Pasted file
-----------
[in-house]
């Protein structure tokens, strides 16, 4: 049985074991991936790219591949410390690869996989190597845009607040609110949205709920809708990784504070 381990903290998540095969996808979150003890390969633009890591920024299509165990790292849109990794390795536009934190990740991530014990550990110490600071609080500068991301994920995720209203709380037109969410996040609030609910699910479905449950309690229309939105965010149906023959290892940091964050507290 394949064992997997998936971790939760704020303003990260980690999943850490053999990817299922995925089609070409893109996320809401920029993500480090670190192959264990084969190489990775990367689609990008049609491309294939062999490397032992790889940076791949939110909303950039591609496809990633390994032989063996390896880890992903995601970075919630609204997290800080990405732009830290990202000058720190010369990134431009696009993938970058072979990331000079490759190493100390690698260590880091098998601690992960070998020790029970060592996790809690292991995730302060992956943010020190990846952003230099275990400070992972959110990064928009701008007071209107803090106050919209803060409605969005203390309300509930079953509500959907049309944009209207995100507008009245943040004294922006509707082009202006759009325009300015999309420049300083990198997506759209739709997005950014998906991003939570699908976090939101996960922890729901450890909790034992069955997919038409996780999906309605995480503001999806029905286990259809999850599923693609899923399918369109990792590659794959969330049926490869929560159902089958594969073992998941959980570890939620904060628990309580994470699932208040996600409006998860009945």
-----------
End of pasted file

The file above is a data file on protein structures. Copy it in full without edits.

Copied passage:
[in-house]
């Protein structure tokens, strides 16, 4: 049985074991991936790219591949410390690869996989190597845009607040609110949205709920809708990784504070 381990903290998540095969996808979150003890390969633009890591920024299509165990790292849109990794390795536009934190990740991530014990550990110490600071609080500068991301994920995720209203709380037109969410996040609030609910699910479905449950309690229309939105965010149906023959290892940091964050507290 394949064992997997998936971790939760704020303003990260980690999943850490053999990817299922995925089609070409893109996320809401920029993500480090670190192959264990084969190489990775990367689609990008049609491309294939062999490397032992790889940076791949939110909303950039591609496809990633390994032989063996390896880890992903995601970075919630609204997290800080990405732009830290990202000058720190010369990134431009696009993938970058072979990331000079490759190493100390690698260590880091098998601690992960070998020790029970060592996790809690292991995730302060992956943010020190990846952003230099275990400070992972959110990064928009701008007071209107803090106050919209803060409605969005203390309300509930079953509500959907049309944009209207995100507008009245943040004294922006509707082009202006759009325009300015999309420049300083990198997506759209739709997005950014998906991003939570699908976090939101996960922890729901450890909790034992069955997919038409996780999906309605995480503001999806029905286990259809999850599923693609899923399918369109990792590659794959969330049926490869929560159902089958594969073992998941959980570890939620904060628990309580994470699932208040996600409006998860009945």